Offshore Voluntary Disclosure Program
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Court Holds that Willful Failure to File FBAR Standard is the Lesser Standard of Recklessness

On December 2, 2016, the US District Court for the Central District of California found that taxpayers who failed to file a Report of Foreign Bank and Financial Accounts (FBARs) for three foreign accounts, one of which, in the court's view, was intentionally kept secret from all persons except their children, for over a decade were “at least recklessly indifferent to a statutory duty.” Read more about the case here. The court found that the taxpayers were “sophisticated,” pointing to evidence that they ran a successful camera shop, and that they lacked credibility having made several misrepresentations on their failed attempt to apply to the Offshore Voluntary Disclosure Program (OVDP) and for making unbelievable assertions at trial. The court did not apply the heightened standard of willfulness applicable to criminal trials, a violation of a known legal duty, finding that civil trials apply the lesser standard of reckless disregard of a statutory duty....

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More than 100,000 Taxpayers Become Compliant with Reporting and Tax Requirements, Paying more than $10.3 billion in Taxes, Interest and Penalties

On October 21, 2016, the Internal Revenue Service announced the most current data on the success of its Offshore Voluntary Disclosure Program (OVDP) and Streamlined Filing Compliance Procedures (SFCP) programs. For our prior coverage on the OVDP and SFCP programs please see Offshore Voluntary Disclosure Update and Release of “Panama Papers” May Encourage New Wave of OVDP Submissions. OVDP program has existed in several iterations off and on since 2009, and the SFCP was made available to non-willful taxpayers in 2014. The programs encourage taxpayers with undisclosed income from foreign financial accounts and assets to become compliant and current with their tax returns and information reporting obligations. The program allows taxpayers to voluntarily disclose foreign financial accounts and assets and pay lower penalties now, rather than risk detection and face more severe penalties and possible criminal prosecution later. The programs have been successful by...

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Offshore Voluntary Disclosure Update

The Internal Revenue Service (IRS) currently offers non-compliant US taxpayers several different relief programs in which to report foreign assets and/or income and become compliant with US rules related to the disclosure of foreign assets. One option is the Offshore Voluntary Disclosure Program (OVDP).  Another is the Streamlined Filing Compliance Procedures (SFCP).  SFCP is further bifurcated into two sub-programs—one for US residents (Streamlined Domestic Offshore Procedures or “SDOP”) and one for non-US residents (Streamlined Foreign Offshore Procedures or “SFOP”).  Each program has its own set of tailored procedures and eligibility requirements. The critical differences between OVDP and SFCP are: (1) the non-willfulness requirement; (2) the look-back period; and (3) the amounts of penalties the US taxpayer must pay.  Specifically, OVDP does not require the US taxpayer to certify that his or her failure to disclose foreign assets was non-willful.  On the...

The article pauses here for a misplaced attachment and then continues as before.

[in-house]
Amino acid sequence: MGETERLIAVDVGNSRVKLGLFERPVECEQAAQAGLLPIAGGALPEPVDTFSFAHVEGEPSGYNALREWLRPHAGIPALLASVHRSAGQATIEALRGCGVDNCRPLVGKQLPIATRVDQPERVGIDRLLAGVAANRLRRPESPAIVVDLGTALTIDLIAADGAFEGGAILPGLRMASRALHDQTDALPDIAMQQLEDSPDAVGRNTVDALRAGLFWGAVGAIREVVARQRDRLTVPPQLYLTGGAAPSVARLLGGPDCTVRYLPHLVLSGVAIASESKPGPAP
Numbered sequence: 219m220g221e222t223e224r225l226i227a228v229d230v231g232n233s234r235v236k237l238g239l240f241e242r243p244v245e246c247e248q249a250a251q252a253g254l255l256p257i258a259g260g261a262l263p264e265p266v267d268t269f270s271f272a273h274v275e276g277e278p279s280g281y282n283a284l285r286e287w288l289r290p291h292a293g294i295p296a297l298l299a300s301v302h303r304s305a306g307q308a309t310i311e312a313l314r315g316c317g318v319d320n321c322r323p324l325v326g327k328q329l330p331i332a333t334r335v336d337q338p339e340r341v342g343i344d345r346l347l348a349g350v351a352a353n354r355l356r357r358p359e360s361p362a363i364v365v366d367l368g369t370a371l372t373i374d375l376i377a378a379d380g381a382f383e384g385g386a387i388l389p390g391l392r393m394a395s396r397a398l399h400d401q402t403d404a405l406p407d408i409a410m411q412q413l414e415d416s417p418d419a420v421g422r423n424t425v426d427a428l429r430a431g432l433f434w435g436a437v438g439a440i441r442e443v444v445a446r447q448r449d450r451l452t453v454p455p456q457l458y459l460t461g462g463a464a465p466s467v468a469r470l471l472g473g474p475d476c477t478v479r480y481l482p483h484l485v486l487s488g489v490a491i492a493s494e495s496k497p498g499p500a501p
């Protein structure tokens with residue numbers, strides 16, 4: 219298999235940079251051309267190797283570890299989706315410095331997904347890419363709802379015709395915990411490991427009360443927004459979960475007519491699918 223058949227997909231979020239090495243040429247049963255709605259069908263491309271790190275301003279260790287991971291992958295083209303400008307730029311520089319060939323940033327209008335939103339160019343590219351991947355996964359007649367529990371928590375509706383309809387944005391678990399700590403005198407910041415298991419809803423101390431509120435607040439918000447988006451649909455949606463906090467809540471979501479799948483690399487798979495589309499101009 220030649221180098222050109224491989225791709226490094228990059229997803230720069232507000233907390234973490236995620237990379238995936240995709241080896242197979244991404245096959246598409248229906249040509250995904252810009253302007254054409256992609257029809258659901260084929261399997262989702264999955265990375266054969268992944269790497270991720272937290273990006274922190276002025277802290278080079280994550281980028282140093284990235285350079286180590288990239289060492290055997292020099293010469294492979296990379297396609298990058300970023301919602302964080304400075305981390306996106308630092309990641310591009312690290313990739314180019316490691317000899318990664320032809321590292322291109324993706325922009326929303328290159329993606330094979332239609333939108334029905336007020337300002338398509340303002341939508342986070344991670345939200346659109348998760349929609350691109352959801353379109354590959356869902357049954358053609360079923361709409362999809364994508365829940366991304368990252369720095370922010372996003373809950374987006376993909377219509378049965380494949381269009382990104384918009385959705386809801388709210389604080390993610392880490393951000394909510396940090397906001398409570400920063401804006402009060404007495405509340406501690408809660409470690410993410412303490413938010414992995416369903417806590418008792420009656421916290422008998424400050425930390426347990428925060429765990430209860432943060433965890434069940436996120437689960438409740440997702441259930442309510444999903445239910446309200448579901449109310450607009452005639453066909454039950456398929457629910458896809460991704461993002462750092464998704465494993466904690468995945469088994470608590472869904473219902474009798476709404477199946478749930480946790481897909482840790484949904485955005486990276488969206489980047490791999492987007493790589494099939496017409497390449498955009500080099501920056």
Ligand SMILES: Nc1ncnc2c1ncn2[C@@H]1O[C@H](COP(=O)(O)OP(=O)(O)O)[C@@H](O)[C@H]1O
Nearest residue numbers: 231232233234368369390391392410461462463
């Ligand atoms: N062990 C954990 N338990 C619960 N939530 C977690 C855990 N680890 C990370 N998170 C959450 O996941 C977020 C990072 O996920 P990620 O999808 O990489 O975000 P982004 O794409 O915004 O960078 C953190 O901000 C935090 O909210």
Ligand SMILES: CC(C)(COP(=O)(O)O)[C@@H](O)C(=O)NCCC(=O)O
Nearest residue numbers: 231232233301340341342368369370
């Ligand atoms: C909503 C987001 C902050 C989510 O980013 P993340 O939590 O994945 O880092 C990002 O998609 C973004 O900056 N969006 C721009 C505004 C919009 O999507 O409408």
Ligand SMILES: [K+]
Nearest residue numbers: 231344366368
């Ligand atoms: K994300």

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IRS Requires “Whole Story” from Taxpayers Seeking to Qualify under Streamlined Filing Compliance Procedures

The Internal Revenue Service (IRS) recently modified the non-willfulness certification form that individual taxpayers must submit to enroll in the streamlined filing compliance procedures (SFCP).  One requirement under the SFCP is that that the taxpayer certify that his or her failure to disclose foreign assets was not due to willful conduct.  Before the recent change, the IRS only provided minimal direction, which caused it to receive non-willfulness narratives that did not provide adequate information.  This resulted in certifications that were either questioned or rejected. On February 16, 2016, the IRS revised the certification forms to include more robust direction and instructed the taxpayer to draft his or her non-willfulness narrative to include the whole story including favorable and unfavorable facts.  A more detailed analysis of the recent changes can be found here.

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